Just because I’m a SEO guy and can get all the high quality traffic in the world does not mean I must monetize it with affiliate marketing. You have a decent looking blog, you can either promote your own products or sell banner ads and make money that way, it’s all about your strategy really. 🙂
3) I can’t speak for other vendors like what they do but if my subscribers came from my very specific IM niche funnel (which collects their first name and emails), they are definitely targeted and you’d be paying a fixed cost per click for sure. It definitely can be higher/lower compared to PPC depending on your targeting options (age, demographics, KW etc) with Google ads for example.
4) I love PPC too – specially Google ads and bing. For several keywords you can get leads for pennies but it all comes down to the type of product. Solo ads work with some niches, but not for all niches. If you tried Google ads, you’d pay a higher cpc for exact match keywords (the ones enclosed in  operators), and lower for broad match. I’d say every traffic source works and is unique but whatever yields the best ROI for you is the best one for you because that’s what really matters in the end.
Hey Harsh, great points overall. I think we just have a different style. I like to focus on the most specific laser targeted niche/keywords to get leads, opt ins and sales.
Correct me if I am wrong, but you seem to be more for broadening out your targeting strategies, collecting a list and then offering value to get the lead to turn into a buyer.
I am still of the position that solo ads are mostly a money waster if you don’t have someone who truly possesses a valuable list and isn’t afraid to share your content/sales funnels with them and that SEO and PPC networks like the ones we both use are better for traffic generation, lead generation and all those other things.
Do you use solo ads to build your list? Have you seen success?
If we decide to use solo ads, how can we increase conversions from those clicks?
Should we write the article with those clicks in mind, and offer various content upgrades?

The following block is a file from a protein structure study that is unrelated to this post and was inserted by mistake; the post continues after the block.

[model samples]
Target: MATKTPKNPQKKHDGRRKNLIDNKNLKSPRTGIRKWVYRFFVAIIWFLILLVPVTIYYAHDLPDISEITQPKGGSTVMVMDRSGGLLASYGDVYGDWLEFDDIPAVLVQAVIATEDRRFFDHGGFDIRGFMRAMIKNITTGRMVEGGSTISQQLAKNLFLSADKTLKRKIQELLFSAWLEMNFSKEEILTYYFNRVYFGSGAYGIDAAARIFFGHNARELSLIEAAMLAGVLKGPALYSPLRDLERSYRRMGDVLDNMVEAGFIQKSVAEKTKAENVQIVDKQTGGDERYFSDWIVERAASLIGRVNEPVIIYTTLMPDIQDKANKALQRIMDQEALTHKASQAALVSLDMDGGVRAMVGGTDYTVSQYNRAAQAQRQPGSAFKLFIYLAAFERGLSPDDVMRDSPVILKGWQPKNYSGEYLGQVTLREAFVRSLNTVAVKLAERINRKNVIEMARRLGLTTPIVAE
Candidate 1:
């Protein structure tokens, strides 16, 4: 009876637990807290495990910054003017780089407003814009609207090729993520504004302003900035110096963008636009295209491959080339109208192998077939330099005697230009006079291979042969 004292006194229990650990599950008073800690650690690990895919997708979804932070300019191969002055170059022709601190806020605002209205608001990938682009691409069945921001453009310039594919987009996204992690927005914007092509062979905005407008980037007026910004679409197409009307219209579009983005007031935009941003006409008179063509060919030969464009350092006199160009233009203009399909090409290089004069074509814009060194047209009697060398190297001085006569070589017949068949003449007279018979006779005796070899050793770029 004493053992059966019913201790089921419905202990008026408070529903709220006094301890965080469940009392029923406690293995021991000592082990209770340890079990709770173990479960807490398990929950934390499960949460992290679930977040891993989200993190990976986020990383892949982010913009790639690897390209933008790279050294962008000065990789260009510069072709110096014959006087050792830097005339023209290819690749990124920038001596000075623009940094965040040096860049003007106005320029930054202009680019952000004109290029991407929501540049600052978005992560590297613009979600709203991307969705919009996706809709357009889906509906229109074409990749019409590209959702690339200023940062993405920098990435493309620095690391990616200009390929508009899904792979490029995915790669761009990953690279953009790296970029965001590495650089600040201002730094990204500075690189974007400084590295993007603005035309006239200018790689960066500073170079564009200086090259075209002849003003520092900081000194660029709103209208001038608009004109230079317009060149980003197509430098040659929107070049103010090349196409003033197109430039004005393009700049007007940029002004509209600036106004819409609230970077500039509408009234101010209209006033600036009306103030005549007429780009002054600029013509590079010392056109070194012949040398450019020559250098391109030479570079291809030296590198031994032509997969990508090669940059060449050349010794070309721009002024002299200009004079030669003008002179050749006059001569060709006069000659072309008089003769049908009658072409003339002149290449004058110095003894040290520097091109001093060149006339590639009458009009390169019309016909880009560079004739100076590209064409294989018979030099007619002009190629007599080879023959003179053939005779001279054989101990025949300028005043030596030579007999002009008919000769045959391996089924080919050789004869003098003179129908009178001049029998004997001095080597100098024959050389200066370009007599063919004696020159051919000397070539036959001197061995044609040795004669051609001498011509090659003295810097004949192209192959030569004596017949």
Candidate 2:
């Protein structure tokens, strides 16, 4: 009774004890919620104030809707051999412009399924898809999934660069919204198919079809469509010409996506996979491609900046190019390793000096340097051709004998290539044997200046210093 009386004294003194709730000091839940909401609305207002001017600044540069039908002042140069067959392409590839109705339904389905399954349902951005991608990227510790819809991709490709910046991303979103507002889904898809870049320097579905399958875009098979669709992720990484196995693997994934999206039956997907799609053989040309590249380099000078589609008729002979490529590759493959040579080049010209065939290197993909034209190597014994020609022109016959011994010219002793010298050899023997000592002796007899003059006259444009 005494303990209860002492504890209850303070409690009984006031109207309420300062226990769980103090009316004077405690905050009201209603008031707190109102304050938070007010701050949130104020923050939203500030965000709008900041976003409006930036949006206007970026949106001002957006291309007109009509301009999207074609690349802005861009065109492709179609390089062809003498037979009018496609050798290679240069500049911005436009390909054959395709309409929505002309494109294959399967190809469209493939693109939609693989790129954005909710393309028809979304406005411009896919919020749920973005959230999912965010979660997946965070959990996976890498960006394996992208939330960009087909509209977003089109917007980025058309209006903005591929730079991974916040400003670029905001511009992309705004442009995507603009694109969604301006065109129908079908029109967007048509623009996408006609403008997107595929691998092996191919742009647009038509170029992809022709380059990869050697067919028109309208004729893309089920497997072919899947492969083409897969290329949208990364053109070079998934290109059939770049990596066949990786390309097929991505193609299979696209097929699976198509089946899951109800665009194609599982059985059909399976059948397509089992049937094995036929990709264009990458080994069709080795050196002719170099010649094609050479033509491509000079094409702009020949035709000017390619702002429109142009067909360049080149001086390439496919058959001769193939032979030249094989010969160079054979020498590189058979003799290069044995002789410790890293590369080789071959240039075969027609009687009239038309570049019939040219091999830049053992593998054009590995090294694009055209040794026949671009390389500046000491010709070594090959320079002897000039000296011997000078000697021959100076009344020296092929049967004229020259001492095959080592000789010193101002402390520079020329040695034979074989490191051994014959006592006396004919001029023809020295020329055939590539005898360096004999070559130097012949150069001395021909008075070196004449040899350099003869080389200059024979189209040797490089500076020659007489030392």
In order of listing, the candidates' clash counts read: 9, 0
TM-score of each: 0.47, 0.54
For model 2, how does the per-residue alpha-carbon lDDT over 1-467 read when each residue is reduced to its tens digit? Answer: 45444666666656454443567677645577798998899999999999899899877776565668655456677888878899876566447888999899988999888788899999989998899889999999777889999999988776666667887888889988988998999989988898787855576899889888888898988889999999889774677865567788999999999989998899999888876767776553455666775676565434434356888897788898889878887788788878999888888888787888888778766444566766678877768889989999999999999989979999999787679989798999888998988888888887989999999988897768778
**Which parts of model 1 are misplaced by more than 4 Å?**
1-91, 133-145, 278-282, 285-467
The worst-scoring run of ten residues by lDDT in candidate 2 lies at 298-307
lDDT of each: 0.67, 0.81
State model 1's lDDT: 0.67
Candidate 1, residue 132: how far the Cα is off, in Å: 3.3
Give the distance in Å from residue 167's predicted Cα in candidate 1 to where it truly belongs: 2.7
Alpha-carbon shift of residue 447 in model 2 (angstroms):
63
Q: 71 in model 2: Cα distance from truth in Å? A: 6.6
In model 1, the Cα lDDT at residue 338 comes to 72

Basically: how can you set yourself up for success with solo ads if you choose to run them?
Hi Anthony, there’s a lot of untangle in these questions, and while I cannot give you a full answer here, I would advise looking any my other articles, most particularly, the one on Wealthy Affiliate as it basically encapsulates all the stuff you asked about and shows you how to be successful with it.
But to answer your questions: I do not do Solo Ads, because I feel their cost effectiveness is not good. I use Bing Ads instead.
Regarding your second question, I assume you meant writing an opt-in page in which you’re looking to get more sign ups. If that’s the case, then yes, offer upgrades, but honestly, just give people a reason to sign up for free, give them a list of things they’ll get.
And for your final question, success with Solo Ads begins with your website, the niche target, and the offer you bring to the table to help the niche audience, then it doesn’t matter if you use Solo Ads or Bing Ads or SEO, if the right traffic comes to the site, they’ll sign up and buy from you.
Thank you Vitality for teaching me about solo ads. I appreciate your emphasis on being realistic and the importance of building trust. I find that focusing on quality content and helping people gets the job done in any kind of business or career. This seems to be your heartfelt purpose and I believe your willingness to get in someone else’s shoes as they explore the decision of solo ads is the way to go.
I am 3 months into affiliate marketing and I don’t think solo ads are for me yet..but if I do it I will be following your recommendations of blogging leading to traffic..because that’s what matters and gets results long term. Besides, people want that more than being sold stuff…I know I do.
If I were to pursue this, how is it actually done? I sign up with a provider and then am I responsible for a graphically laid out ad or do most create the ad they send out? Glad I read this post and thanks again!
Hi Nancy, generally you head over to a website that provides solo ad listings or buy them directly of someone who sells them. Then they give your site a plug, by sending it out to their email list with a link. That link generally should point back to an opt in page you made that is ready to receive the traffic.